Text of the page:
Is this aimed at the correct audience? Articles for this assessment should be peer reviewed. If you are not sure, you can copy and paste the title into Quicksearch to see if the purple peer review icon shows in the result:
Alternatively, you can check the journal title in Ulrichs. If it has a small black icon that looks like a book next to the title, it is peer reviewed (called refereed in Ulrichs).
Who wrote it? What are their qualifications? Are the qualifications relevant to the topic? Most peer reviewed articles will have information about the authors, often at the end or hyperlinked, with their qualifications listed.
Where do they work? Who do they work for? Generally, authors should be working for a university or a research centre of some kind.
Are they likely to have a good understanding of this field?
What is the study population size and characteristics? Keep in mind this is dependent on the study type, for example qualitative studies usually have smaller study populations than quantitative. The population does need to be fairly similar however, to enable accurate results and to make sure any effects reported are due to the treatment. For example, a treatment for back pain may look more effective if the group receiving the treatment is much younger than the group that doesn't.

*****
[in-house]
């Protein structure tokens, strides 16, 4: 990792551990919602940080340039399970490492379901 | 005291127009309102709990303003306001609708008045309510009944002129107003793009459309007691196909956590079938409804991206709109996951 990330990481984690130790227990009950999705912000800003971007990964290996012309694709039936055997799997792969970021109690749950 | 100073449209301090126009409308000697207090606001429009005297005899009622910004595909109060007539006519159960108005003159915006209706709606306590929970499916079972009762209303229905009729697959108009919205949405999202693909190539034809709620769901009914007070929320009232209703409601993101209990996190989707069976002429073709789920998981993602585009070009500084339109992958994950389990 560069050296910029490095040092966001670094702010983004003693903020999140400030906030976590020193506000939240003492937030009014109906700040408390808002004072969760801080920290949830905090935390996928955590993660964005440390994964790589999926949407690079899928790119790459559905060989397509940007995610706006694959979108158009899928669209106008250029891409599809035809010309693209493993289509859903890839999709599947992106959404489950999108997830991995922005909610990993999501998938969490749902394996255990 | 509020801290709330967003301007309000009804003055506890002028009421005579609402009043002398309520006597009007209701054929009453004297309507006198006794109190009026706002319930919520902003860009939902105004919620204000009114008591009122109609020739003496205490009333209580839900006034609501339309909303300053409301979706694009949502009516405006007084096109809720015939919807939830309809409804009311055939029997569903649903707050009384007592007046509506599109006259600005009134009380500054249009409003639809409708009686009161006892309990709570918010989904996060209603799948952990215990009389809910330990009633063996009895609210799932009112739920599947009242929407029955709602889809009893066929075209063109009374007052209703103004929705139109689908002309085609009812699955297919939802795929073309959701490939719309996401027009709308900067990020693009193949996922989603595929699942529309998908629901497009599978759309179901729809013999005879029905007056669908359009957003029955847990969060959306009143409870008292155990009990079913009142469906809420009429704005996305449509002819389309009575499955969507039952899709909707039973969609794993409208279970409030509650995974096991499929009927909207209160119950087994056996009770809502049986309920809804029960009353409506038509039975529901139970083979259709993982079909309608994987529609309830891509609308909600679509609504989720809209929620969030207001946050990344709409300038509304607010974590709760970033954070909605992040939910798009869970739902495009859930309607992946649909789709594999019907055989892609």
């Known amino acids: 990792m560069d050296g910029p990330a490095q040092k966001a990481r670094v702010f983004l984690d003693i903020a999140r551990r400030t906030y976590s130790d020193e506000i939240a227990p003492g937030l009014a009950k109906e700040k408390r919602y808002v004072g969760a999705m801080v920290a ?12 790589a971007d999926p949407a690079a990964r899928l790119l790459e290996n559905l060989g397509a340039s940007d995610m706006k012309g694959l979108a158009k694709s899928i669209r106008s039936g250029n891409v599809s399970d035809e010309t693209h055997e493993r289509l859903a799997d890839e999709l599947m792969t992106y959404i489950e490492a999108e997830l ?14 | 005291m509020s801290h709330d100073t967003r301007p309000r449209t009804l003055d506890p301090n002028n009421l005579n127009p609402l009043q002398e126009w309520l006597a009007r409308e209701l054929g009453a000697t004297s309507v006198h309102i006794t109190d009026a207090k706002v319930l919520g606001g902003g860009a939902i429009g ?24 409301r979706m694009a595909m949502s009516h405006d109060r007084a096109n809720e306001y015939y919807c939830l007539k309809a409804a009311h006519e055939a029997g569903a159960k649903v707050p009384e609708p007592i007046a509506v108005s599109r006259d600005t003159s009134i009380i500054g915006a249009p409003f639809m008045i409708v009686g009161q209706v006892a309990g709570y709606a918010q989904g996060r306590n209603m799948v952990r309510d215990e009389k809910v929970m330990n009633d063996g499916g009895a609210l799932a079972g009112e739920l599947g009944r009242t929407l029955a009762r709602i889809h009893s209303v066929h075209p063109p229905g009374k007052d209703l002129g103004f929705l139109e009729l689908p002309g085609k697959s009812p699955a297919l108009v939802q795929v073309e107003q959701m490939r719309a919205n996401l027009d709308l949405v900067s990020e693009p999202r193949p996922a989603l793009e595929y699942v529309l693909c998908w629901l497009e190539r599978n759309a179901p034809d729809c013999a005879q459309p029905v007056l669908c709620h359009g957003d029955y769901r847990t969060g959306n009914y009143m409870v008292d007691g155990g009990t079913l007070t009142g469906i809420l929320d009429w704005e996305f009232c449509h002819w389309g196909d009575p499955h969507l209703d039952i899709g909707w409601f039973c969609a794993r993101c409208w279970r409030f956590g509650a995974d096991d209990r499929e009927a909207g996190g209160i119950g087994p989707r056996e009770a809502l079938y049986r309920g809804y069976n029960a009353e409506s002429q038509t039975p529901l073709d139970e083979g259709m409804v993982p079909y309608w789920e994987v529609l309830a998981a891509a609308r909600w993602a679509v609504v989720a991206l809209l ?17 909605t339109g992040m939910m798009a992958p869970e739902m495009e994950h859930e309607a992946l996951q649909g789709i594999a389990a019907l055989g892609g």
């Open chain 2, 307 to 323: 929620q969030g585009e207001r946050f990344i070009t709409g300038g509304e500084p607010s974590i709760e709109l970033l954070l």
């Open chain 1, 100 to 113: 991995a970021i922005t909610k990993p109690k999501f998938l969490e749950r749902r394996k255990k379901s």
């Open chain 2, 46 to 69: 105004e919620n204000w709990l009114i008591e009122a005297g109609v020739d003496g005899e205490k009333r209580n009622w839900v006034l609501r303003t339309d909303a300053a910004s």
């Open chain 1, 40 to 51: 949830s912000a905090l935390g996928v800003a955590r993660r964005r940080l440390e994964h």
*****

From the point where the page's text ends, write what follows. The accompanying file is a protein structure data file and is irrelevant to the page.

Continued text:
Is there a control group? This is a group that does not receive the treatment, and allows the researchers to compare them to the group getting the treatment to see if it works.
Is there blinding? This is where the control and treatment groups do not know whether they are getting the intervention or not. Remember though that this might not be possible for some interventions, for example researchers testing a new vaccine can give the control group a saline solution instead of the vaccine, but if they are testing a new massage technique it is almost impossible for the participants to be unaware if they received a massage or not!
Do the statistics make sense and match the authors' claims?
Who funded the study? Is it a company, university or research organisation? If it is a company, do they manufacture a product being tested? If you are not sure, can always search for them on the internet. If the URL ends in .com, it is a company.
Is there any obvious bias where the authors or their employers are likely to benefit from the study recommendations? For example, if the authors work for a particular company and recommend the use of one of their products, this could indicate a risk of bias.